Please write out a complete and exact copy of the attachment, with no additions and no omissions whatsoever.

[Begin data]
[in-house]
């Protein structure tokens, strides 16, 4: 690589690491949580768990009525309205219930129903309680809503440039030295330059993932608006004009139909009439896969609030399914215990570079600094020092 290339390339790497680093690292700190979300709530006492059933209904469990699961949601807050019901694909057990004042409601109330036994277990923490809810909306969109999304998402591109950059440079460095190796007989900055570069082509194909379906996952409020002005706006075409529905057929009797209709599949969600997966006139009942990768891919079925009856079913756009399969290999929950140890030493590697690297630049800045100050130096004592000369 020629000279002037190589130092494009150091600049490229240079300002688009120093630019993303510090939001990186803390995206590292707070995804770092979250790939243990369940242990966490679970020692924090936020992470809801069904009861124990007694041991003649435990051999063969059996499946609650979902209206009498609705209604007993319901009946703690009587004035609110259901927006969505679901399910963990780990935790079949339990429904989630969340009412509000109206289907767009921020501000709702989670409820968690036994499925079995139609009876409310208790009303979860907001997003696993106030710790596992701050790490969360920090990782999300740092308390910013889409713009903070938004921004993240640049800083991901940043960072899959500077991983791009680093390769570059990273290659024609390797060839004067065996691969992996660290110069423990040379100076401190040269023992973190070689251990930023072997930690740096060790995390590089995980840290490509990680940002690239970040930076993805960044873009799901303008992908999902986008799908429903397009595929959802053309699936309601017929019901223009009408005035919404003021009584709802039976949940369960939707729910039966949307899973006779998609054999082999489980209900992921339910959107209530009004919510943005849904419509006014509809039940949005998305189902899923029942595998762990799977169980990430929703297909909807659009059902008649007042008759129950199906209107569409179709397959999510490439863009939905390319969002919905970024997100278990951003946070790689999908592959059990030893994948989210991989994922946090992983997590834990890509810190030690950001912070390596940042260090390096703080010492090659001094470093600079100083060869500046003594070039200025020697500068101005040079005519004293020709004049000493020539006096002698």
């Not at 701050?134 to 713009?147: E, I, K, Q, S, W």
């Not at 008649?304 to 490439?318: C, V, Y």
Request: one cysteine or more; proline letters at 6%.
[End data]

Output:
[in-house]
């Protein structure tokens, strides 16, 4: 690589690491949580768990009525309205219930129903309680809503440039030295330059993932608006004009139909009439896969609030399914215990570079600094020092 290339390339790497680093690292700190979300709530006492059933209904469990699961949601807050019901694909057990004042409601109330036994277990923490809810909306969109999304998402591109950059440079460095190796007989900055570069082509194909379906996952409020002005706006075409529905057929009797209709599949969600997966006139009942990768891919079925009856079913756009399969290999929950140890030493590697690297630049800045100050130096004592000369 020629000279002037190589130092494009150091600049490229240079300002688009120093630019993303510090939001990186803390995206590292707070995804770092979250790939243990369940242990966490679970020692924090936020992470809801069904009861124990007694041991003649435990051999063969059996499946609650979902209206009498609705209604007993319901009946703690009587004035609110259901927006969505679901399910963990780990935790079949339990429904989630969340009412509000109206289907767009921020501000709702989670409820968690036994499925079995139609009876409310208790009303979860907001997003696993106030710790596992701050790490969360920090990782999300740092308390910013889409713009903070938004921004993240640049800083991901940043960072899959500077991983791009680093390769570059990273290659024609390797060839004067065996691969992996660290110069423990040379100076401190040269023992973190070689251990930023072997930690740096060790995390590089995980840290490509990680940002690239970040930076993805960044873009799901303008992908999902986008799908429903397009595929959802053309699936309601017929019901223009009408005035919404003021009584709802039976949940369960939707729910039966949307899973006779998609054999082999489980209900992921339910959107209530009004919510943005849904419509006014509809039940949005998305189902899923029942595998762990799977169980990430929703297909909807659009059902008649007042008759129950199906209107569409179709397959999510490439863009939905390319969002919905970024997100278990951003946070790689999908592959059990030893994948989210991989994922946090992983997590834990890509810190030690950001912070390596940042260090390096703080010492090659001094470093600079100083060869500046003594070039200025020697500068101005040079005519004293020709004049000493020539006096002698």
């Not at 701050?134 to 713009?147: E, I, K, Q, S, W």
């Not at 008649?304 to 490439?318: C, V, Y």
Request: one cysteine or more; proline letters at 6%.